Purpose

The paper aims to explore the relationship between office occupier work activity and workplace provision. It tests the proposition that location-fixed office workers are not well-supported in the working environment as location-flexible office workers. The research also explores the perceptions of the workplace provision based upon the types of tasks completed at the desk-location, whether this was collaborative or focussed.

Design/methodology/approach

The research adopts a cross-sectional approach using an online questionnaire to collect data from several offices in the Middles East. The dataset consists of 405 responses. One-way analysis of variance was conducted to understand the relationship between location flexibility and perception of productivity. In addition, a series of t test were used to evaluate the relationship between work activities and office environment.

Findings

The results show that those workers who were location-fixed perceived the workplace provision to have a more negative impact on their productivity than those who had a greater level of location-flexibility, particularly with regards to noise levels and interruptions. In terms of types of activities, those that undertook more collaborative tasks valued the facilitation of creativity and interaction from the workplace provision.

Research limitations/implications

The research has limitations as data collection was at one-point in time and therefore lacks the opportunity to undertake longitudinal analysis. However, the research gives greater insights into the alignment of office environments based on flexibility and work activity.

Practical implications

The paper identifies implications for the design and development of office environments by identifying the need for office occupier activity profiles. These profiles can underpin data-led design which should promote a tailored choice appropriate work setting that can maximise productivity.

Originality/value

This paper contributes to the research area of workplace alignment. It establishes that optimal workplace alignment requires a better understanding of office occupier needs based on location-flexibility and work activity.

Article
Publication date: 1 December 1995

Philip Gill

Discusses the concept of reprofiling. After providing a workingdefinition, a discussion of the theory that underpins the“participative” approach shows how it is linked…

703

Abstract

Discusses the concept of reprofiling. After providing a working definition, a discussion of the theory that underpins the “participative” approach shows how it is linked to established change management ideas. Outlines how the approach is used in practice.

Details

Health Manpower Management, vol. 21 no. 6
Type: Research Article
ISSN: 0955-2065

Keywords

Article
Publication date: 27 April 2020

J. Guillermo Lopez-Lara, Mauro Eduardo Maya, Alejandro González, Antonio Cardenas and Liliana Felix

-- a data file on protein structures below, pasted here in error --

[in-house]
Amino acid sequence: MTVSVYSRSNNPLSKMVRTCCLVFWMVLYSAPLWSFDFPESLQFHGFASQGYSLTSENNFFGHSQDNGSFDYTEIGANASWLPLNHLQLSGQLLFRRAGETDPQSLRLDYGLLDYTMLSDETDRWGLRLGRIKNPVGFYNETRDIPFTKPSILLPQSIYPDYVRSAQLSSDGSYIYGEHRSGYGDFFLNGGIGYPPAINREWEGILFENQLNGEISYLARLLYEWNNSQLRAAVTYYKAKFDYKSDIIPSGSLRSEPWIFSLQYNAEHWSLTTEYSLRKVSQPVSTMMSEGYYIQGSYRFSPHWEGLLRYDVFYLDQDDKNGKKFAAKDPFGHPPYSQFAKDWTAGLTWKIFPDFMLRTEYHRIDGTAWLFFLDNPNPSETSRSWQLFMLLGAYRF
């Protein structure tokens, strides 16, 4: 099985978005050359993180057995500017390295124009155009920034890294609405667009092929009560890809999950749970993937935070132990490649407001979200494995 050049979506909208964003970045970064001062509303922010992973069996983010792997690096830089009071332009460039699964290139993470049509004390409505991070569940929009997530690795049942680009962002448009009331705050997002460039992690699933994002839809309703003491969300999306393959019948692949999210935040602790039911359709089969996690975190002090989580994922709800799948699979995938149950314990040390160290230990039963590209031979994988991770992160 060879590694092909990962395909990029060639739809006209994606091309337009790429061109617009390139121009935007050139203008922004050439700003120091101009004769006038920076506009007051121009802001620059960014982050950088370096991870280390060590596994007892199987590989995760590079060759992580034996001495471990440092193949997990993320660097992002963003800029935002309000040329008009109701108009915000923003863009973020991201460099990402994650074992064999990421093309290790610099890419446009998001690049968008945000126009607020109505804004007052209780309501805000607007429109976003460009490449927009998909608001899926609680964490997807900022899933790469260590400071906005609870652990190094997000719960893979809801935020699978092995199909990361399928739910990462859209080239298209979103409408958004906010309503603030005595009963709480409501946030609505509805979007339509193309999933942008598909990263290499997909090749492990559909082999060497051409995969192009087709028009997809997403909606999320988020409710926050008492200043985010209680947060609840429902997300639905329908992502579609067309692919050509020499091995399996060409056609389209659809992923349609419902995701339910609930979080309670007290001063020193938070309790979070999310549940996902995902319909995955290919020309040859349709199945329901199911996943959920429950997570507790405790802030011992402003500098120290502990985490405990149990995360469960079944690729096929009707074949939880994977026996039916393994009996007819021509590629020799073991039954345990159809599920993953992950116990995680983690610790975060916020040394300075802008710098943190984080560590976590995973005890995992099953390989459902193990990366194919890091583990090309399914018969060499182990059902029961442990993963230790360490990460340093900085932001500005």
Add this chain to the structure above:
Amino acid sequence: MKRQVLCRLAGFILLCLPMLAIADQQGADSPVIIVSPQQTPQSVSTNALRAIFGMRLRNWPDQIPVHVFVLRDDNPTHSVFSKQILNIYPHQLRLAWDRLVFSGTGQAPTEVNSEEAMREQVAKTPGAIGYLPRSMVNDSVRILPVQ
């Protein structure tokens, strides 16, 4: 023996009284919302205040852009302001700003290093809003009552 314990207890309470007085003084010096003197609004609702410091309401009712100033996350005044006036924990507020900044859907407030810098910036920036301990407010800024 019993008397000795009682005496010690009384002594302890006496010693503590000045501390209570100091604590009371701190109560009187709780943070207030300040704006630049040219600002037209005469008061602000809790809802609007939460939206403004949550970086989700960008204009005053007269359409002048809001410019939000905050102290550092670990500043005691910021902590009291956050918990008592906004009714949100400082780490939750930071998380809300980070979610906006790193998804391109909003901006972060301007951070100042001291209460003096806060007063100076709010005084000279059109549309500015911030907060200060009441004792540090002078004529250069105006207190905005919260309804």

The purpose of this paper is to present a new vision-based control method, which enables delta-type parallel robots to track and manipulate objects moving in arbitrary…

Abstract

Purpose

The purpose of this paper is to present a new vision-based control method, which enables delta-type parallel robots to track and manipulate objects moving in arbitrary trajectories. This constitutes an enhanced variant of the linear camera model-camera space manipulation (LCM-CSM).

Design/methodology/approach

After obtaining the LCM-CSM view parameters, a moving target’s position and its velocity are estimated in camera space using Kalman filter. The robot is then commanded to reach the target. The proposed control strategy has been experimentally validated using a PARALLIX LKF-2040, an academic delta-type parallel platform and seven different target trajectories for which the positioning errors were recorded.

Findings

For objects that moved manually along a sawtooth, zigzag or increasing spiral trajectory with changing velocities, a maximum positioning error of 4.31 mm was found, whereas objects that moved on a conveyor belt at constant velocity ranging from 7 to 12 cm/s, average errors between 2.2-2.75 mm were obtained. For static objects, an average error of 1.48 mm was found. Without vision-based control, the experimental platform used has a static positioning accuracy of 3.17 mm.

Practical implications

The LCM-CSM method has a low computational cost and does not require calibration or computation of Jacobians. The new variant of LCM-CSM takes advantage of aforementioned characteristics and applies them to vision-based control of parallel robots interacting with moving objects.

Originality/value

A new variant of the LCM-CSM method, traditionally used only for static positioning of a robot’s end-effector, was applied to parallel robots enabling the manipulation of objects moving along unknown trajectories.

Details

Industrial Robot: the international journal of robotics research and application, vol. 47 no. 4
Type: Research Article
ISSN: 0143-991X

Keywords

1 – 10 of over 79000